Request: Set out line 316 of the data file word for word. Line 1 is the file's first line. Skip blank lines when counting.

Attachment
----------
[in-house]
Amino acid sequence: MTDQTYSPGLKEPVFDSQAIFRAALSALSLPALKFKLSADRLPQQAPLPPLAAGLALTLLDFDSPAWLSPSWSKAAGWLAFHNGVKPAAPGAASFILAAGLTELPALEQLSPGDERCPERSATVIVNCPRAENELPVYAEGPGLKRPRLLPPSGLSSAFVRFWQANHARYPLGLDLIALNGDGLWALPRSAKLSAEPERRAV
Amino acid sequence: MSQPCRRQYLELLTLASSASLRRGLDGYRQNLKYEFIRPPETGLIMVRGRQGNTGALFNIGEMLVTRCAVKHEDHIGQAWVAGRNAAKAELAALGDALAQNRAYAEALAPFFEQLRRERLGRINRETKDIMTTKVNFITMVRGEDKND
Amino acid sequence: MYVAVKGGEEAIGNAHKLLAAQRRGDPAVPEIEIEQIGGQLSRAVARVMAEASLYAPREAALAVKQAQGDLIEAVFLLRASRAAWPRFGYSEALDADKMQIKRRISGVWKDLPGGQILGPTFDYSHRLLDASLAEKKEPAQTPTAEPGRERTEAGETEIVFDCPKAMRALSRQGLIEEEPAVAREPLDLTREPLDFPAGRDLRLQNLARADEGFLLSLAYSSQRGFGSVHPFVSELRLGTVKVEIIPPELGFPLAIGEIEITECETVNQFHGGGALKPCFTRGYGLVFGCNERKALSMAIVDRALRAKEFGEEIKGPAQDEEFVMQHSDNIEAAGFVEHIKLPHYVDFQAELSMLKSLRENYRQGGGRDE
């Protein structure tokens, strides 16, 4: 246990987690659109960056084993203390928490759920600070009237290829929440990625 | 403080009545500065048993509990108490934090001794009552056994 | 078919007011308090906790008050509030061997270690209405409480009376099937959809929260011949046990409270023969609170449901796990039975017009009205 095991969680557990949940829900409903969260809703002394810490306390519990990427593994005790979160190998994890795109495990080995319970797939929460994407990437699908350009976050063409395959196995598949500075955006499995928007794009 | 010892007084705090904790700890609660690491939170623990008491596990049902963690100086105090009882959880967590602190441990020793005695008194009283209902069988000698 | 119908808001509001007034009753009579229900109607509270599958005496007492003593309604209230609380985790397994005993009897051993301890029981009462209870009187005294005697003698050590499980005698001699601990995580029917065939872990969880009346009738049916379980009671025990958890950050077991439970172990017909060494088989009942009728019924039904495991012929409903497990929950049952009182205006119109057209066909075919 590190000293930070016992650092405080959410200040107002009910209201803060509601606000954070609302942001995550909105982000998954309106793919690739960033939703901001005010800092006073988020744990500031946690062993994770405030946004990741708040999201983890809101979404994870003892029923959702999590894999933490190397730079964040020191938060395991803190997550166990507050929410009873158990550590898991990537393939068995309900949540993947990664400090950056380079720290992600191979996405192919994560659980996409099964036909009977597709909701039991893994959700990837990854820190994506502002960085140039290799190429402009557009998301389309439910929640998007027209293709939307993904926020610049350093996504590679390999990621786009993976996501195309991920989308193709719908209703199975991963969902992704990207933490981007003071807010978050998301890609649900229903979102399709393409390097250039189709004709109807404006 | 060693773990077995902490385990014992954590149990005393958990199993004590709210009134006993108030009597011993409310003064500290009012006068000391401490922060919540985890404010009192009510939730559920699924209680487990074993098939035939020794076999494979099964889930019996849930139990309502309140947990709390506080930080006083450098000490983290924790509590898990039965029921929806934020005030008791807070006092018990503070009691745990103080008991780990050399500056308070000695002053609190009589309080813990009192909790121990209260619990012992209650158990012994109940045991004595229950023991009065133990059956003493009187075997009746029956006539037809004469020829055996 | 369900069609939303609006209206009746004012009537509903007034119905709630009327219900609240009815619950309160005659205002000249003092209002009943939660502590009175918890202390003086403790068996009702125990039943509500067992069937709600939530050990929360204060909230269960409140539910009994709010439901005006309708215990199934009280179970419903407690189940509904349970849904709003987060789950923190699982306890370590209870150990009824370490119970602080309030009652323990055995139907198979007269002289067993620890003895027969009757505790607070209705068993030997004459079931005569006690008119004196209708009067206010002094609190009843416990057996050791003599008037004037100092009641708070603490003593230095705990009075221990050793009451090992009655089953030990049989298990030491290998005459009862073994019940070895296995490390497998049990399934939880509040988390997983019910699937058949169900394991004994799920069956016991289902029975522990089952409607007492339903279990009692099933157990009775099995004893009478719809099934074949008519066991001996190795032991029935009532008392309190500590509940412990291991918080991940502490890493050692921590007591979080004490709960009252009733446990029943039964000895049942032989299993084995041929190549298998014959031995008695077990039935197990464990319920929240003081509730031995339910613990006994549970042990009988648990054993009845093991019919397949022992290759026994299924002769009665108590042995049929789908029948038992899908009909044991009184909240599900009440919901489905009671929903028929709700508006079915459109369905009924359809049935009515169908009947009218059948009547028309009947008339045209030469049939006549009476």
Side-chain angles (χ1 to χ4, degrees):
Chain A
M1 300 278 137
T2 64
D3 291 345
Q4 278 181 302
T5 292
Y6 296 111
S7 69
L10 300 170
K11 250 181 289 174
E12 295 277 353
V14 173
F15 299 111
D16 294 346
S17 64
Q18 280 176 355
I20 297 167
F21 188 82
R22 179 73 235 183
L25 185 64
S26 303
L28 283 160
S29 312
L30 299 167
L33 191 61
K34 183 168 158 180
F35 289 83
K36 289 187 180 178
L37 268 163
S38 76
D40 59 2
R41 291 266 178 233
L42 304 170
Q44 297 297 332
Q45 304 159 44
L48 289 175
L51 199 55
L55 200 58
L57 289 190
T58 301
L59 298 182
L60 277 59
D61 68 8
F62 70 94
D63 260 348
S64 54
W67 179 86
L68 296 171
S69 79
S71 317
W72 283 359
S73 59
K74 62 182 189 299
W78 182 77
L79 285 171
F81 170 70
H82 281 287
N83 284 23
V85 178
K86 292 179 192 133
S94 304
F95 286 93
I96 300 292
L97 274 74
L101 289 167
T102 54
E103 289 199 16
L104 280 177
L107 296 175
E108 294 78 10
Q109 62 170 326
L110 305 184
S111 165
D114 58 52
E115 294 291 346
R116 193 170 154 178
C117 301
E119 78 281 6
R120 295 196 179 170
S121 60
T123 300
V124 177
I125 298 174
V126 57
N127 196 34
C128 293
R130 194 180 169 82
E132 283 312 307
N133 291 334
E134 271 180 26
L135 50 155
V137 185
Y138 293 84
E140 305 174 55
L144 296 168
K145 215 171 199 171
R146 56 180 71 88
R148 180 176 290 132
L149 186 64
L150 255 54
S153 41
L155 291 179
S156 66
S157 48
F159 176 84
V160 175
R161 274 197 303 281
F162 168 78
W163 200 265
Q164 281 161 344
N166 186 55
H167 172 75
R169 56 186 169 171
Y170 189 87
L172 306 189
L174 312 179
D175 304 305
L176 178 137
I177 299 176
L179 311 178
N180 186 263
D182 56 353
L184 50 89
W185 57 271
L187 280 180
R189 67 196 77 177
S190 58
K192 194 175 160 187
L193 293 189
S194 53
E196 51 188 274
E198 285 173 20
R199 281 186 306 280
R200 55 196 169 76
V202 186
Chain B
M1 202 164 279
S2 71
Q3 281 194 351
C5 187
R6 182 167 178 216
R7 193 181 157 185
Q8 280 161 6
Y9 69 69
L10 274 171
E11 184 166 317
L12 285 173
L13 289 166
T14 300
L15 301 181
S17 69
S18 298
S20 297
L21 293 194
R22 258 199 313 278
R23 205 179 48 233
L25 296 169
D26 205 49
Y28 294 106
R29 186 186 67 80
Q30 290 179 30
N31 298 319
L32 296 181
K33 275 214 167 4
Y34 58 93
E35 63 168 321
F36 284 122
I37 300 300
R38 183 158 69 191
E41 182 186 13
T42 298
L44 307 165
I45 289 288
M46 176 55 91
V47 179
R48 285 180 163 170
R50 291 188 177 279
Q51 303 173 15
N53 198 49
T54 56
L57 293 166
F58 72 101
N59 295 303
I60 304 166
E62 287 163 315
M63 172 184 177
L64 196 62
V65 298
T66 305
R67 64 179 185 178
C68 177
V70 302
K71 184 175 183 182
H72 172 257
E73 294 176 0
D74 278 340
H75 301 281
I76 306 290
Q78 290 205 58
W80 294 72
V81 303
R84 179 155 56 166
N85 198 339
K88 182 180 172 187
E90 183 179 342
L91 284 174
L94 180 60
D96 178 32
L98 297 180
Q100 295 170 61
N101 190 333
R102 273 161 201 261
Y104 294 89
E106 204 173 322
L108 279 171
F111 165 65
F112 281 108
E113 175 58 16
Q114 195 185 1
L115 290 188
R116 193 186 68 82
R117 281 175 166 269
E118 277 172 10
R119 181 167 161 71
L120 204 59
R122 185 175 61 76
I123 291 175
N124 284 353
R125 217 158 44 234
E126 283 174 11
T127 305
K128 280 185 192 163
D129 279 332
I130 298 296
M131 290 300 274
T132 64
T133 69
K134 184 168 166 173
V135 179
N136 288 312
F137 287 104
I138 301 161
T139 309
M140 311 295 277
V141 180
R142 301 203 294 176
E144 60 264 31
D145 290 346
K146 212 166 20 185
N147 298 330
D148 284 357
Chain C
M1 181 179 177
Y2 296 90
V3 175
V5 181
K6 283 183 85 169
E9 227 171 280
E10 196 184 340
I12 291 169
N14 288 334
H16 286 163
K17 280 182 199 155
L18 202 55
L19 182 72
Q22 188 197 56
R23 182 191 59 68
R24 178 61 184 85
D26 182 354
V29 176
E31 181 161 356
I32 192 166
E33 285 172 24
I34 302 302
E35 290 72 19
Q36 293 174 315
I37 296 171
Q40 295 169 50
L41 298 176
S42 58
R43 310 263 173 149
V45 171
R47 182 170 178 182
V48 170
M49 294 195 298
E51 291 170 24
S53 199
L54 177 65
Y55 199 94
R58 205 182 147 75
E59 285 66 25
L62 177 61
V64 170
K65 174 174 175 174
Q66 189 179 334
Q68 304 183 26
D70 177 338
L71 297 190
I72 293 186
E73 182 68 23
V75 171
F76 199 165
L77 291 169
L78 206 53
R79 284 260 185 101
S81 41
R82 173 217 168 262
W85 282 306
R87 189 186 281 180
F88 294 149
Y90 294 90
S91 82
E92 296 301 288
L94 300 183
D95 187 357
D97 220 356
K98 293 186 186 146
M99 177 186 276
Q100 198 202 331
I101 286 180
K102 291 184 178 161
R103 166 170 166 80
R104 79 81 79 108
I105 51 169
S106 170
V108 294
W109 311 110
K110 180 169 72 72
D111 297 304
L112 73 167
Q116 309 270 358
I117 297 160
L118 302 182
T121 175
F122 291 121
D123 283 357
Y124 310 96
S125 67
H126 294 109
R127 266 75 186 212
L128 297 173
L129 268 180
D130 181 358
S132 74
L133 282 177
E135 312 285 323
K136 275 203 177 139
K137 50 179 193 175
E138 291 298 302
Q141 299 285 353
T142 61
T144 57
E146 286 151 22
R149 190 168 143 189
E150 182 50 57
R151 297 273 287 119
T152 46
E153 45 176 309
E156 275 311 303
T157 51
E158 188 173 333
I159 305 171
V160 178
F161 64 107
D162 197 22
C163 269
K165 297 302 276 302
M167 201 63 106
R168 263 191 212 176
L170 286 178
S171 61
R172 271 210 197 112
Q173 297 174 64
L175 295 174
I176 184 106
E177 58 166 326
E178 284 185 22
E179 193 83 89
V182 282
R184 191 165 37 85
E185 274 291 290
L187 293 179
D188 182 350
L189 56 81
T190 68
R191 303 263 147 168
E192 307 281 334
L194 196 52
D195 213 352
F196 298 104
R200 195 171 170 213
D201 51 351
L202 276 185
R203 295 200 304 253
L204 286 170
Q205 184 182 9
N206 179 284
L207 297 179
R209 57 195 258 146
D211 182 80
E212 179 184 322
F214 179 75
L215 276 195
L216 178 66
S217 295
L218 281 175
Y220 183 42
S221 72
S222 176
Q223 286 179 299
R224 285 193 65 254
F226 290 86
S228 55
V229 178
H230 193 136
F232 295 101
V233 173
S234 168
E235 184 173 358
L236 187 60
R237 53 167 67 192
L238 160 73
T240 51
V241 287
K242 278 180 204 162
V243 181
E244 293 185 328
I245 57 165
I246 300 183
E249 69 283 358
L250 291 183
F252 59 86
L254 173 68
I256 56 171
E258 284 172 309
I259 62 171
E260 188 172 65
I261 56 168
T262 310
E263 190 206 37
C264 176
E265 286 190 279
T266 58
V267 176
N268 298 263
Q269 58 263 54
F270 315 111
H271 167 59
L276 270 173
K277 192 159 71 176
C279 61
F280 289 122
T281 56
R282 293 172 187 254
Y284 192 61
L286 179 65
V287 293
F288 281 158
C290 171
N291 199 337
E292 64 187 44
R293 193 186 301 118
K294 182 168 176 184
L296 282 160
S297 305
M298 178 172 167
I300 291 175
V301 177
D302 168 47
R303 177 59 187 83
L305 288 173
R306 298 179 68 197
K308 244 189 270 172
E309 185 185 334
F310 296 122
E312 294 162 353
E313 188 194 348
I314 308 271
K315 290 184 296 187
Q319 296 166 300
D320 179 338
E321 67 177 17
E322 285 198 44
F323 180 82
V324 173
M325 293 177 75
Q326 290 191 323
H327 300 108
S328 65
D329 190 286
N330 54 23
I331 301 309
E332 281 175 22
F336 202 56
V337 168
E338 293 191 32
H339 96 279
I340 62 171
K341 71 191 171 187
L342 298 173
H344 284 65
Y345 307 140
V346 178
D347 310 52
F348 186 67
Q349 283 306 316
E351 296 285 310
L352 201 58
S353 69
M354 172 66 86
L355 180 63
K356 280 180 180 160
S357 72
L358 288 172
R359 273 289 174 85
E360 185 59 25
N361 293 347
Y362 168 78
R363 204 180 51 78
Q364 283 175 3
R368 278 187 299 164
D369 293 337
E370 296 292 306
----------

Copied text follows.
F88 294 149